Cyprus Mail

Yeroskipou prime land to go to ‘highest bidder’

Interior minister Sokratis Hasikos

By Angelos Anastasiou

THE land for a €7 billion property development in Yeroskipou, which had been announced by Archbishop Chrysostomos earlier this year, will be leased out to the highest bidder, according to Interior minister Sokratis Hasikos.

His comment came after daily Phileleftheros ran a story on Thursday claiming the government had already agreed to lease the property – comprising 600,000 to 700,000 square metres of state land – to the Archbishopric for 99 years, despite its earlier protests and calls for open tenders in a similar case during the previous administration.

According to the newspaper, the government came to the agreement in private consultations with Chrysostomos, who acted as a proxy to his Hungarian associate, who has already participated in other investments in the Paphos district.

The associate is Sandor Kenyeres, a property developer and the man behind Antara Palace – a five-star wellness and spa centre in Paphos completed in 2013.

Kenyeres founded Atum Developments Ltd in 2014, which was slated to undertake the creation of Eden City (Cyprus), a multi-billion euro project that would include the construction of apartments, hotels, a marina, and even an artificial island.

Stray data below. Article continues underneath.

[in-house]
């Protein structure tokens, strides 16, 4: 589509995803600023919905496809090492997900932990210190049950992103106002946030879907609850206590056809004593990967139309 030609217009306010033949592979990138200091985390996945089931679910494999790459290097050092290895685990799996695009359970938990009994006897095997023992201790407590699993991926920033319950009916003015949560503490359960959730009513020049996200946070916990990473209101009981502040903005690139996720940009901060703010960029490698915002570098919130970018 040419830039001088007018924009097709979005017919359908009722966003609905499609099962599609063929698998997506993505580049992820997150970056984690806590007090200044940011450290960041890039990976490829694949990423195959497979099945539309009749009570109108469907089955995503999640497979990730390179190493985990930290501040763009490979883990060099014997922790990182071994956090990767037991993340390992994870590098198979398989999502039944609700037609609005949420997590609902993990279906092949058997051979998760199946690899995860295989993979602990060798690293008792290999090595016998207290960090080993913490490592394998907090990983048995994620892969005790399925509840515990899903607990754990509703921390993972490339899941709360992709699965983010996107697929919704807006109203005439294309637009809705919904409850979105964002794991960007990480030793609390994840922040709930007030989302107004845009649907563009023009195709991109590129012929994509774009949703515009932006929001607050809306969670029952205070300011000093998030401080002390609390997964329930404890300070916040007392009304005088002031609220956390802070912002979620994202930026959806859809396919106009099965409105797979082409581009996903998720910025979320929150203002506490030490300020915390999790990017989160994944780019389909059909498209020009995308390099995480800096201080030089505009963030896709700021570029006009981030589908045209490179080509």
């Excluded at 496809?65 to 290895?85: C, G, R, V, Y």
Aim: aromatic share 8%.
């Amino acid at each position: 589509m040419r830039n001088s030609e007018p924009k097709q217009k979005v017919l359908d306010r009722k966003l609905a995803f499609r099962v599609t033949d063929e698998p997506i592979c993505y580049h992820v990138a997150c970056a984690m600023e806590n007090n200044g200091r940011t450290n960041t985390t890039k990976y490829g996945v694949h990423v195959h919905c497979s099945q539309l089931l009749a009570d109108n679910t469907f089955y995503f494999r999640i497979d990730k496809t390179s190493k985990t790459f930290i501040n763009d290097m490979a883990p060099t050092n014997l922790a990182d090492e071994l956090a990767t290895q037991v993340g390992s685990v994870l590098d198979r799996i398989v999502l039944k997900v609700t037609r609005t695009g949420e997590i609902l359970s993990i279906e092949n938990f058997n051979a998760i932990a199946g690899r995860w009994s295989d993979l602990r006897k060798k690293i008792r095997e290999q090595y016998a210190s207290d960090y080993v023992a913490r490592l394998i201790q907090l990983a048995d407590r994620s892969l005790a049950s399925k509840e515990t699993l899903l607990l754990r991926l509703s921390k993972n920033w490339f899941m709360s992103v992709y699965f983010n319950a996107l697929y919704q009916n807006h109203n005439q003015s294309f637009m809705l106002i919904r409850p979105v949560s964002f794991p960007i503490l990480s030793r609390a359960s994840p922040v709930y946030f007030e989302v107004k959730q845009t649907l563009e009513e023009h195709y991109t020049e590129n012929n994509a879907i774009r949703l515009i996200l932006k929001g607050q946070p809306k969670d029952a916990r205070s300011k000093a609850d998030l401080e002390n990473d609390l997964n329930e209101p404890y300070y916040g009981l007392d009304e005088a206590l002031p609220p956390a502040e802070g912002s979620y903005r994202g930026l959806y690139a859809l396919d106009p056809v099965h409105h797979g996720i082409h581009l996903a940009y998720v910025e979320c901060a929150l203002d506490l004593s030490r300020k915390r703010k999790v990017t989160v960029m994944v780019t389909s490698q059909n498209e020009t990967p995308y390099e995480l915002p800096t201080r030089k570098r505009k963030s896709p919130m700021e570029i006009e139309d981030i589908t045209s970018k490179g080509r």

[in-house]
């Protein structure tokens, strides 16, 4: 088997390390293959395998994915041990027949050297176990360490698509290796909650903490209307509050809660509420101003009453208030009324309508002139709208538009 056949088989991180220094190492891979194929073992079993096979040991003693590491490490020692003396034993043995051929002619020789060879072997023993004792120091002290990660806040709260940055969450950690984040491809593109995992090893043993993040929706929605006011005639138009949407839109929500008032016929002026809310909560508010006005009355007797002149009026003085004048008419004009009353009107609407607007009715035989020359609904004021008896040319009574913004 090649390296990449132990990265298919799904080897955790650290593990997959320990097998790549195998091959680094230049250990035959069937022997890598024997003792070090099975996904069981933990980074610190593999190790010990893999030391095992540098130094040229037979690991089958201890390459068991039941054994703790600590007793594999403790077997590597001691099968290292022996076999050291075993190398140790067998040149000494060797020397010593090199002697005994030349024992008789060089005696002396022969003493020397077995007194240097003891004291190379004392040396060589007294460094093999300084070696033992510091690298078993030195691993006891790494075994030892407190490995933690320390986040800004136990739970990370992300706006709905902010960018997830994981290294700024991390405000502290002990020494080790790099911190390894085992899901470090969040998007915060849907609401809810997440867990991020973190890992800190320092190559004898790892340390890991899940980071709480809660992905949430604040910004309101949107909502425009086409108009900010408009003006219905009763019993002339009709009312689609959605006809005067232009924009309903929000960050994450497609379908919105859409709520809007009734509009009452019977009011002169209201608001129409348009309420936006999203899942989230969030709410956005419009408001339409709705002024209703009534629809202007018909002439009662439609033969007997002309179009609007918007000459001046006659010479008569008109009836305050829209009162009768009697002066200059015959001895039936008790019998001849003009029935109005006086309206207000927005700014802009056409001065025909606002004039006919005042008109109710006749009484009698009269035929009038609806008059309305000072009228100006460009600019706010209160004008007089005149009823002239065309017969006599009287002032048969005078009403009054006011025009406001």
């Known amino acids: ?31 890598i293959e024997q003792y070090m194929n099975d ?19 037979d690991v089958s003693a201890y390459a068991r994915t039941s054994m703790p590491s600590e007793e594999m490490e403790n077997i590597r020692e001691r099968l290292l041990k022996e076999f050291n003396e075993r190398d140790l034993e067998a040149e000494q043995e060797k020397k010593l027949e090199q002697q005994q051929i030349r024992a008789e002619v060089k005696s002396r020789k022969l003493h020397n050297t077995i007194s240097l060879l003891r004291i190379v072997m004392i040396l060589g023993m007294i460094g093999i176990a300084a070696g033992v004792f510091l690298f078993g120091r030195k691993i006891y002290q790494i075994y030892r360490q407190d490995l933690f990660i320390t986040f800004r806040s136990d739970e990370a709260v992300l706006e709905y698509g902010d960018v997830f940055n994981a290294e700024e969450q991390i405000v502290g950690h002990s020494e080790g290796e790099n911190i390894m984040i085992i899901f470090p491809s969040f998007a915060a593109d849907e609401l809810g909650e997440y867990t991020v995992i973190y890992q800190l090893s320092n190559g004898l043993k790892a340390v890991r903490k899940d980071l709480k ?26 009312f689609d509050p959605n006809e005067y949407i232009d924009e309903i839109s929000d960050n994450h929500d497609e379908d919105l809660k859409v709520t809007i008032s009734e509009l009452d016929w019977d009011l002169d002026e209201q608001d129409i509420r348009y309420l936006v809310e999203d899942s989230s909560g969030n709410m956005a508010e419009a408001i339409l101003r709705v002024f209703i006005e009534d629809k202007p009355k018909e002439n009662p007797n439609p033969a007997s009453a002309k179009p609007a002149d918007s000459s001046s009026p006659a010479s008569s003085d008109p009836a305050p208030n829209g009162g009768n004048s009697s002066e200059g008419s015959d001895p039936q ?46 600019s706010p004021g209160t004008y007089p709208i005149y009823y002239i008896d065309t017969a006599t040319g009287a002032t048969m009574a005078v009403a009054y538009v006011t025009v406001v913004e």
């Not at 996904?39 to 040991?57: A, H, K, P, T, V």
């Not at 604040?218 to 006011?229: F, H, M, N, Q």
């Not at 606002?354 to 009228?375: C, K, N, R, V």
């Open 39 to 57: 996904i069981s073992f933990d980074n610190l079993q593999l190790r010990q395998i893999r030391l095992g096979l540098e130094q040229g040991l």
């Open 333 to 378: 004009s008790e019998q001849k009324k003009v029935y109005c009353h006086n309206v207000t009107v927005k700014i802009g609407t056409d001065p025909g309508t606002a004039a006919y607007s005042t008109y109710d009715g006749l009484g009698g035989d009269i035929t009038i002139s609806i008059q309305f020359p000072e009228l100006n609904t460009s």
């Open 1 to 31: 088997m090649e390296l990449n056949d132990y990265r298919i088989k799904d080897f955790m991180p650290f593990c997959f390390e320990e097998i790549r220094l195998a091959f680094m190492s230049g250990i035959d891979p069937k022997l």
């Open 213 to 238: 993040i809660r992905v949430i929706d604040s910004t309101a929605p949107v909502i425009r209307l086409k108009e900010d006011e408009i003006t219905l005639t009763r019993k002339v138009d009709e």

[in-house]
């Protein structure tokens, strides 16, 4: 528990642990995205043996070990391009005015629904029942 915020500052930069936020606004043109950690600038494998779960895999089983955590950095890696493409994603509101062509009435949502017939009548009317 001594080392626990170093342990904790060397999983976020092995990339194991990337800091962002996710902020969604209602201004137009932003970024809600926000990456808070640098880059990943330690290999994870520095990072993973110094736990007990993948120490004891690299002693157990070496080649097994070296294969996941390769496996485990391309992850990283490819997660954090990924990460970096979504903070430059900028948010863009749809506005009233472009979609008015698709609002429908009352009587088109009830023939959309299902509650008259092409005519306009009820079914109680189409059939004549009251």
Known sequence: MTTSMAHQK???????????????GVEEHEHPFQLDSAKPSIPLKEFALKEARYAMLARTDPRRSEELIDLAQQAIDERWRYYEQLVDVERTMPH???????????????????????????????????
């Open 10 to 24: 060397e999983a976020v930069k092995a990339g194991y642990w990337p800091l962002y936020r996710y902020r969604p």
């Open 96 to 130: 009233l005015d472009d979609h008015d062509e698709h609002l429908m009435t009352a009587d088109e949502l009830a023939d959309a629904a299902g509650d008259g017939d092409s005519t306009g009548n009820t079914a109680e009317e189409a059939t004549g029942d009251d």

The Hungarian developer reportedly plans to attract wealthy businessmen from his own country, as well as from other countries, and convince them to permanently move their companies’ offices to Cyprus.

But Hasikos dispelled the report before the day was over.

After addressing a House Interior committee session on Thursday afternoon, in which he explained the provisions of a government-sponsored bill governing the sale of state land, he told reporters that no specific investors have expressed any interest for state-owned plots of land, with the exception of the Yeroskipou property, for which “an open tenders procedure will be held.”

“That is a procedure that will be followed in all future cases,” he said.

A cabinet decision this week paved the way for speculation of back-scratching between the government and the Archbishopric.

“The Council of Ministers in [Wednesday’s] session, decided the utilisation of state property in the Yeroskipou municipality, in the form of a land license/lease agreement,” a statement read.

The cabinet said the decision was a response to the expression of investor interest to develop land in Yeroskipou and was made in the context of the Council of Minister’s action plan for the privatisation of state land with a focus on developing large commercial plots, approved in 2013.

“Today’s Council of Minister’s decision specifically relates to state land in Yerokipia, in the Yeroskipou municipality, and aims at attracting and encouraging investments, a policy that is part of the state’s effort to revive the economy,” the statement concluded.

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